- They organize a revolt against the despotic ruler of the fictional state of Argolis, modelled on the Ottoman Sultan.
- The poem has nothing to do with Islam in particular.
- Idealized and orientalized version of the French revolution, discussed also in the prose preface
- While living at Marlow, Shelley also wrote the sonnet “Ozymandias”.This is a famous sonnet on the statue of an Egyptian king
A shattered, ruined statue in the desert wasteland, with an arrogant, passionate face and inscription, (“Look on my works, ye Mighty, and despair!”).
- Ozymandias’ civilization is now gone, all has been turned to dust .
- The destructive power of history
The ruined statue is now merely a monument to one man’s pride.
- A powerful statement about the insignificance of human life to the passage of time.
- The Shelleys moved to Italy in 1818 and Shelley would never return home again.Both their children died here. In 1819, another son was born.
In Italy, he wrote Julian and Maddalo, an exploration of his relations with Byron.
- He also met Byron again at Pisa, and had a circle of friends around him including Edward Trelawney and other exiles and expatriates.
- That Shelley in Naples registered himself as the father of a baby girl is still an enigma.
- 1819-1820 was his most creative period
1819-1820 , An important period of Shelley’s Life
- He wrote many of his famous works during this period:
- The lyrical drama Prometheus Unbound (1820).
- The Cenci (1819), a sordid verse tragedy.
- The Mask of Anarchy (1819).
- “The Ode to the West Wind” (written on 25 Oct 1819)
- Peter Bell the Third (a satire)
- “To Liberty”, “To Naples” (political odes).
- Letter to Maria Gisborne (written to their friend) .
- The Witch of Atlas.
- “Song to the Men of England”
- “England 1819” (a sonnet)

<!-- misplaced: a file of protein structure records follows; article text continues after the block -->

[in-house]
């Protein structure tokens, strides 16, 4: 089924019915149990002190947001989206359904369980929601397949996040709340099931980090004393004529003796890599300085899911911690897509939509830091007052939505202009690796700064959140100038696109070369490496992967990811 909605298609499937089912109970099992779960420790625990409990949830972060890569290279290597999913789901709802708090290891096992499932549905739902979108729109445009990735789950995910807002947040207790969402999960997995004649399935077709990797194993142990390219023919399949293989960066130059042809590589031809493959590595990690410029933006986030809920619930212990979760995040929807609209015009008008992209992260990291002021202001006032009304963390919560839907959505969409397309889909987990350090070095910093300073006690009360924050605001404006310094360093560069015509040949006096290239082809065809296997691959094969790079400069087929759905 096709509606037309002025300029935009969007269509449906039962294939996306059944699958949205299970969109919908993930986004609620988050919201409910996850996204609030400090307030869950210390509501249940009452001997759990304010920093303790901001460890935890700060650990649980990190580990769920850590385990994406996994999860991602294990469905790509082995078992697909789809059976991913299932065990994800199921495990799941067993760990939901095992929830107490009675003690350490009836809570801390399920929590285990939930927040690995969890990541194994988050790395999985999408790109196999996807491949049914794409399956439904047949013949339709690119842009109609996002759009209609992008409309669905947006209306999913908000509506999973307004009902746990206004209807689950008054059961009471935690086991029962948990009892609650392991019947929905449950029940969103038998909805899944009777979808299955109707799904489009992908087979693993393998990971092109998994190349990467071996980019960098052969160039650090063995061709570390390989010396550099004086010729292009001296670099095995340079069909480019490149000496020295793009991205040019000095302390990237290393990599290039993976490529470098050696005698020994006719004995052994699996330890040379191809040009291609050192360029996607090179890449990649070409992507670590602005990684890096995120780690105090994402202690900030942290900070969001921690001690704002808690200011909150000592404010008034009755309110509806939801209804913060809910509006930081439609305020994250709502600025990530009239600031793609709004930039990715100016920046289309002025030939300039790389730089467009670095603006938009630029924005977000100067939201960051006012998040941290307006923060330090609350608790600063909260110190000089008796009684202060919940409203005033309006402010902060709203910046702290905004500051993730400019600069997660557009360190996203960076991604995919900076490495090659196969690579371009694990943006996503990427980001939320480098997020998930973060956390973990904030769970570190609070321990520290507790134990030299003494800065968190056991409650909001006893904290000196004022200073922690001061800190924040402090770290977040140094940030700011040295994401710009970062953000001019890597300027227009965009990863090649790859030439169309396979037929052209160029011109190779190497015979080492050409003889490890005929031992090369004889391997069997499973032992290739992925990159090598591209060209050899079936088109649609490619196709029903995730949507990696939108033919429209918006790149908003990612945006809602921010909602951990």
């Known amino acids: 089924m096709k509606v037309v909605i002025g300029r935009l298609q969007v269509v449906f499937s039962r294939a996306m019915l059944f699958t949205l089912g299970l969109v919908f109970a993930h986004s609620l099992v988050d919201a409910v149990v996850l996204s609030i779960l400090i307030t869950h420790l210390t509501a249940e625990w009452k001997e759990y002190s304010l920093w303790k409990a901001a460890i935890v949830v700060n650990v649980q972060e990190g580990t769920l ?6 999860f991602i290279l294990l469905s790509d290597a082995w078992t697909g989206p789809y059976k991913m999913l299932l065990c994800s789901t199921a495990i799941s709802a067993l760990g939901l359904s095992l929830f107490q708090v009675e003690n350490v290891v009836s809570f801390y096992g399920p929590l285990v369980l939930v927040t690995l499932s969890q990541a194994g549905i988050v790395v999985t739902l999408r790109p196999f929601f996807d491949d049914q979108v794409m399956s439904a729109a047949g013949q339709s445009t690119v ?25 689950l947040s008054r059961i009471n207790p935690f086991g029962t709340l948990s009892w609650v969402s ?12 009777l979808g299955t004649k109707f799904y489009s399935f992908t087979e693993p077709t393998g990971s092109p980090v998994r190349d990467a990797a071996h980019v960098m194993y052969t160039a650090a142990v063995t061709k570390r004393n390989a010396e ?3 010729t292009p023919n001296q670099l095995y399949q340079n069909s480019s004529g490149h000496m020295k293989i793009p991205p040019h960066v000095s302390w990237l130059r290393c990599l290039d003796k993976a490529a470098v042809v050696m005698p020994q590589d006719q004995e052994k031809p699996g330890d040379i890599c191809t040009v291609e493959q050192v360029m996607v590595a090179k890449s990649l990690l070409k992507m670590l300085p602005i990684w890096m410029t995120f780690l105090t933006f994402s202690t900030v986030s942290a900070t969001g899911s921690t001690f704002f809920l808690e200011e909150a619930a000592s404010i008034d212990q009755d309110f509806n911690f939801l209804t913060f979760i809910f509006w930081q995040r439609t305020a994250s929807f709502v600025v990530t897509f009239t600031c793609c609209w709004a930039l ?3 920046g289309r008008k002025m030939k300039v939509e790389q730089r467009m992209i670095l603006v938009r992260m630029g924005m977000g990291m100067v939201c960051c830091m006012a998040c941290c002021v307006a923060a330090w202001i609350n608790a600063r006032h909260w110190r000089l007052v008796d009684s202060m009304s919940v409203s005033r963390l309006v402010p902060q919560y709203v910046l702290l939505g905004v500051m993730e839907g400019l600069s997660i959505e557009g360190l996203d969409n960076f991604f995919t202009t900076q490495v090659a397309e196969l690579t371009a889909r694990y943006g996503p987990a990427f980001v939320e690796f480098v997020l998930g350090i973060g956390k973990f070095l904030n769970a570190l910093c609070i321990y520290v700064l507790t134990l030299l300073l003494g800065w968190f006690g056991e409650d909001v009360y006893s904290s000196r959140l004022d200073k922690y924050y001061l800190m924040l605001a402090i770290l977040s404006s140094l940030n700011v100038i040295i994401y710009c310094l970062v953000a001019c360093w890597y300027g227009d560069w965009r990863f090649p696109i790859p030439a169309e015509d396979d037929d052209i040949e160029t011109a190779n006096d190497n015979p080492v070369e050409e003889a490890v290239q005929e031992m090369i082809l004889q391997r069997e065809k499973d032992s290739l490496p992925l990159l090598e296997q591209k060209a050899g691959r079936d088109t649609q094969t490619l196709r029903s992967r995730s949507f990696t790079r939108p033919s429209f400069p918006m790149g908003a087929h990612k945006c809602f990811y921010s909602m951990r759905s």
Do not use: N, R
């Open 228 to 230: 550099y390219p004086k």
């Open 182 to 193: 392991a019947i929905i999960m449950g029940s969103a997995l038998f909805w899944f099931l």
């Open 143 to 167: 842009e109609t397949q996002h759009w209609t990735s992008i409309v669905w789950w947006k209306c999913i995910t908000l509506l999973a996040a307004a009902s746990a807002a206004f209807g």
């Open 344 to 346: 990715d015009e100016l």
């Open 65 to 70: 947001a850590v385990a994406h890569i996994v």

Two verse plays
- Prometheus Unbound (1820)
- Lyrical drama in four acts, written in Italy.
- Inspired by the view of Satan as the hero of Paradise Lost, and God as oppressor.
- Spirit of defiance.
- Replete with sexual, scientific and political symbolism.
- The Cenci (1819)
- Bleak, sordid family tragedy.
- Themes of incest, parricide and atheism.
- The melodramatic plot is taken from the true story of Beatrice Cenci, who was tried and executed for the murder of her father
- The Mask of Anarchy (1819) .
- Ballad form.
- Blames politicians like Castlereagh, Eldon, Sidmouth .
- Anarchy masquerades on a horse; his progress prevented by Hope
Ends with celebration of freedom.
- “England in 1819”
- A sonnet.
- Like “Ozymandias”, condemns the arrogance of power.
- Condemns violently the King, the nobility, the army, the laws, religion, and the Parliament.
- “To a Skylark”, “The Cloud”A Philosophical View of Reform (a political document).
- Essay on the Devil
- A Defence of Poetry
- Swellfoot the Tyrant (a satirical burlesque).
- Adonais (on the death of Keats).
- Translated scenes from Goethe’s Faust & wrote his last completed verse drama, Hellas, to raise money in England for the Greek war of independence.
- The Triumph of Life (his last major poem)
- In 1822, the periodical The Liberal was started.Started by Shelley, Byron and Leigh Hunt.
- To disseminate their radical views
As a counter-blast to the Tory Blackwood’s Magazine & Quarterly Review .
- The editor was Hunt who had recently arrived in Italy.
- On 8 July 1822, having met Leigh Hunt, Shelley was returning home on his schooner named “Don Juan”, he drowned in a boat-capsize at the Bay of Spezia.
- There have been theories that he wanted to die, that it was a political murder, etc.
- His body was cremated on the beach of Viareggio in the presence of Byron, Trelawney and Hunt.
- Posthumous Poems was published in 1824.
- Shelley’s Odes
- Older Romantics: nature as a source of truth and authentic experience
Younger Romantics: nature as a source of beauty and aesthetic experience.
- “Ode to the West Wind”
Terza rima; five stanzas each in the form of a sonnet.
- Shelley’s first convincing attempt to articulate an aesthetic philosophy through metaphors of nature
West Wind as “Destroyer and Preserver” associated with renewal, self-sacrifice, “unextinguished” political hopes, creativity.
- Hope and energy achieved through suffering and despair